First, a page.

​'I deeply regret my actions,' says Winnipeg Fire Paramedic Service chief

​Winnipeg Fire Paramedic Service Chief John Lane has apologized to the city's paramedic union, one week after an arbitrator ruled he breached respectful workplace policies.

Arbitrator fined city $100K last week after ruling that Chief John Lane breached respectful workplace policies

Winnipeg Fire Paramedic Service Chief John Lane speaks to reporters on Thursday, one week after an arbitrator ruled he breached respectful workplace policies. (CBC)

​Winnipeg Fire Paramedic Service Chief John Lane has apologized to the city's paramedic union, one week after an arbitrator ruled he breached respectful workplace policies.

"I deeply regret my actions and I regret the distraction that those actions have caused. Really now, it's a matter of moving forward," Lane said on Thursday, speaking to reporters for the first time since the March 1 ruling.

"We have come to the end of a long road," he added, saying he is committed to "re-establishing a respectful workplace relationship" with the paramedics and their union.

Lane repeatedly deflected questions about details in the arbitrator's report, saying he won't "revisit evidence that's been presented many times over."

He insisted he wants to move forward, rebuild the relationship and make sure the WFPS continues to deliver excellent service to Winnipeggers.

'A lot of work to do'

Asked how he might fix the rift with paramedics and convince them he doesn't favour the firefighters union and its president, Alex Forrest, over them, Lane was again vague.

"My desire is to have effective relationships with all of our bargaining units," he said.

Lane told reporters there have been lessons learned from the dispute and he wants to ensure that his focus — and that of the city itself — is on those lessons, which he said are about trust and building confidence in the workforce.

​Winnipeg Fire Paramedic Service Chief John Lane has apologized to the city's paramedic union, one week after an arbitrator ruled he breached respectful workplace policies. 2:16

"I've got a lot of work to do," he said, explaining he will meet with paramedics to re-establish trust.

The Manitoba Government and General Employees' Union Local 911, which represents roughly 350 paramedics in the service, accepted Lane's apology.

"I'm very encouraged we'll be able to take a step forward and move forward with this," MGEU president Michelle Gawronsky said.

Forrest declined to comment.

On March 1, arbitrator Arne Peltz ordered the City of Winnipeg to pay $115,000 in damages to its paramedics after he determined Lane breached the policies in 2015, and failed to make a sincere apology in a timely manner.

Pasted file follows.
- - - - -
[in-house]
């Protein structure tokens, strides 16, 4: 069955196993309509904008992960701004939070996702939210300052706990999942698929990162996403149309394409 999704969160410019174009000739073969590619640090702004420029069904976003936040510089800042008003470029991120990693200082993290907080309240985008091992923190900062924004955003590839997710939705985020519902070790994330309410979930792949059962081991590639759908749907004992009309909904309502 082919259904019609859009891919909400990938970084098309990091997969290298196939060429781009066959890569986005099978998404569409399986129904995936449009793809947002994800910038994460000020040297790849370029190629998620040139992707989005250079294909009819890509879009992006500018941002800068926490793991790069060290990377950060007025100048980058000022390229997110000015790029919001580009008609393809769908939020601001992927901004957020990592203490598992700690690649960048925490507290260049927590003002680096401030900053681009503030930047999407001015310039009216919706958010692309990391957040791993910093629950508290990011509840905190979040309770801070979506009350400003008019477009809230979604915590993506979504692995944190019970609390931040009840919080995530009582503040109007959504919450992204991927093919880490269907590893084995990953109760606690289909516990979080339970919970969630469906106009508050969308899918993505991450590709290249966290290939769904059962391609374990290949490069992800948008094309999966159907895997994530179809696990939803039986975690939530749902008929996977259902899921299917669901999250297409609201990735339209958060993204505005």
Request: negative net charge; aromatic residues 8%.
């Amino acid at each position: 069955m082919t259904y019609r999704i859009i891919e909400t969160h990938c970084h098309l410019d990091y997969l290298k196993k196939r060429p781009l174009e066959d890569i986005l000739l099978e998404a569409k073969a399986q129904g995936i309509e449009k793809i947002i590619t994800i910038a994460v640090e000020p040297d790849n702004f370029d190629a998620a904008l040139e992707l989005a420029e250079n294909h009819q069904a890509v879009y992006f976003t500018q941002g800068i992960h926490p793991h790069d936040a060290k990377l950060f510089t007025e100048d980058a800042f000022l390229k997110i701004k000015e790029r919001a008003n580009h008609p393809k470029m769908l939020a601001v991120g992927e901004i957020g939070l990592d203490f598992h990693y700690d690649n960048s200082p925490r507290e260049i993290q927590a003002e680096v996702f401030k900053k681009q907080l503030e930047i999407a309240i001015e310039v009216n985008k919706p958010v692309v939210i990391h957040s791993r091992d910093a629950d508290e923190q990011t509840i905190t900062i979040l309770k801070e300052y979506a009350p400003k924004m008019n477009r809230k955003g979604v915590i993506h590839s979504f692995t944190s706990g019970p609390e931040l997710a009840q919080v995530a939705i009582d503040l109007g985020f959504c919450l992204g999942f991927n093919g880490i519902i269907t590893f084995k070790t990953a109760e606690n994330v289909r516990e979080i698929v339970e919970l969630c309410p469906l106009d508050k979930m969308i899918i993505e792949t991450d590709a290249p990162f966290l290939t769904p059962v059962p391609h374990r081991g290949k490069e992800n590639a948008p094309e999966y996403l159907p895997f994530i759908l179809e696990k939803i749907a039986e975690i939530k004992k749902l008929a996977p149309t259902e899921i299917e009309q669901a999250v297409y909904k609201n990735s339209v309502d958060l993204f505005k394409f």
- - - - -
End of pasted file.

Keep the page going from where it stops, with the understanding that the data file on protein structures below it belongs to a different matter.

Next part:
The ruling stemmed from a presentation Lane made about the city's integrated paramedic-fire service model at an August 2015 firefighters conference in Maryland.

2015 grievance

A summary in a brochure for the event said the fire-based model was being "continuously threatened by single-role EMS providers and misinformed leaders. The speakers in this workshop will present how they use facts to thwart rhetoric and protect the service they provide."

The MGEU filed a complaint and grievance about the brochure in September 2015, signed by 156 members of the union. Later that month, the city hired an independent investigator to look into it, although the formal investigation didn't begin until February 2016.

In his ruling, Peltz agreed with the investigator's finding that Lane wasn't guilty of harassment, but the comments in the brochure were a violation of the city's respectful workplace policies and the union's collective agreement.

Peltz also found the chief's apology — delivered in November 2016, more than a year after the conference — was "unreasonably late, insufficient and insincere."

"The obvious and best response to a single act of disrespect, as occurred at the conference in August 2015, was a sincere apology," Peltz wrote in his decision. "It also would have been the least expensive resolution for the City."

Peltz described Lane's testimony throughout the hearing as "constantly shifting."

The arbitrator said Lane initially testified he was "horrified" when he saw the version in the brochure, but later appeared to retract that statement and said the offence was "in the eye of the beholder" before reversing course again.